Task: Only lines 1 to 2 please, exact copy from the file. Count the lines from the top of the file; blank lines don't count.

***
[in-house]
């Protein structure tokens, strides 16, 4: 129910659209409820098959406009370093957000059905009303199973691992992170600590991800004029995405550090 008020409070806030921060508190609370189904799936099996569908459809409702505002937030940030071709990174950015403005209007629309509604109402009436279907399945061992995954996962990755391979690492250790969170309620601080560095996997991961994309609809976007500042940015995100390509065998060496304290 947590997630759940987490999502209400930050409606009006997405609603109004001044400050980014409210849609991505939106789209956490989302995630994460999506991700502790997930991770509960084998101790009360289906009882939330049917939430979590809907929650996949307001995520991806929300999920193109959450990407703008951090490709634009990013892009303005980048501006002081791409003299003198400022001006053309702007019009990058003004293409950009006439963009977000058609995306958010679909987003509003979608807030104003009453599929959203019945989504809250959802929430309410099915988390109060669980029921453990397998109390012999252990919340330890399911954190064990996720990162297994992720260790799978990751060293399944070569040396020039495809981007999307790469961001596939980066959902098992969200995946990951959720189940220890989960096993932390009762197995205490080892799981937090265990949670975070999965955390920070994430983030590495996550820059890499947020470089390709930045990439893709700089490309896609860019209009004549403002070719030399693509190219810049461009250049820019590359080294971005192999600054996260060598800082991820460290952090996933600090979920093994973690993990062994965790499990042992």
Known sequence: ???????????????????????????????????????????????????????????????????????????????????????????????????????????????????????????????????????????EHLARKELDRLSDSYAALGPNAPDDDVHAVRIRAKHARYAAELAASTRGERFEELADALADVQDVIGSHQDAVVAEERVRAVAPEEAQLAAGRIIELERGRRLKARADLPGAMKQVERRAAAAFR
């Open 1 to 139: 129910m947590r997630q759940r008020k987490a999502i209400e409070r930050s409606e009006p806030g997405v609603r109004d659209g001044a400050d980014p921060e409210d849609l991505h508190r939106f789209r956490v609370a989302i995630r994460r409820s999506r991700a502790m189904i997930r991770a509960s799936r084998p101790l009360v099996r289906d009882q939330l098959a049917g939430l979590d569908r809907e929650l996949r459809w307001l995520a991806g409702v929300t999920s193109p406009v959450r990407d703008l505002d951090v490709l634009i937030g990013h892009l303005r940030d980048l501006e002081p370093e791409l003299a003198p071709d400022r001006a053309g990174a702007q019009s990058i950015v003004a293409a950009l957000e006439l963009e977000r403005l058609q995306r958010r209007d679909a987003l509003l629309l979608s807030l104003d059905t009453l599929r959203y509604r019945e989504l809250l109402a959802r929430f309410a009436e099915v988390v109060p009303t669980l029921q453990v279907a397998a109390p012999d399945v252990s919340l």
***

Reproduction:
[in-house]
């Protein structure tokens, strides 16, 4: 129910659209409820098959406009370093957000059905009303199973691992992170600590991800004029995405550090 008020409070806030921060508190609370189904799936099996569908459809409702505002937030940030071709990174950015403005209007629309509604109402009436279907399945061992995954996962990755391979690492250790969170309620601080560095996997991961994309609809976007500042940015995100390509065998060496304290 947590997630759940987490999502209400930050409606009006997405609603109004001044400050980014409210849609991505939106789209956490989302995630994460999506991700502790997930991770509960084998101790009360289906009882939330049917939430979590809907929650996949307001995520991806929300999920193109959450990407703008951090490709634009990013892009303005980048501006002081791409003299003198400022001006053309702007019009990058003004293409950009006439963009977000058609995306958010679909987003509003979608807030104003009453599929959203019945989504809250959802929430309410099915988390109060669980029921453990397998109390012999252990919340330890399911954190064990996720990162297994992720260790799978990751060293399944070569040396020039495809981007999307790469961001596939980066959902098992969200995946990951959720189940220890989960096993932390009762197995205490080892799981937090265990949670975070999965955390920070994430983030590495996550820059890499947020470089390709930045990439893709700089490309896609860019209009004549403002070719030399693509190219810049461009250049820019590359080294971005192999600054996260060598800082991820460290952090996933600090979920093994973690993990062994965790499990042992």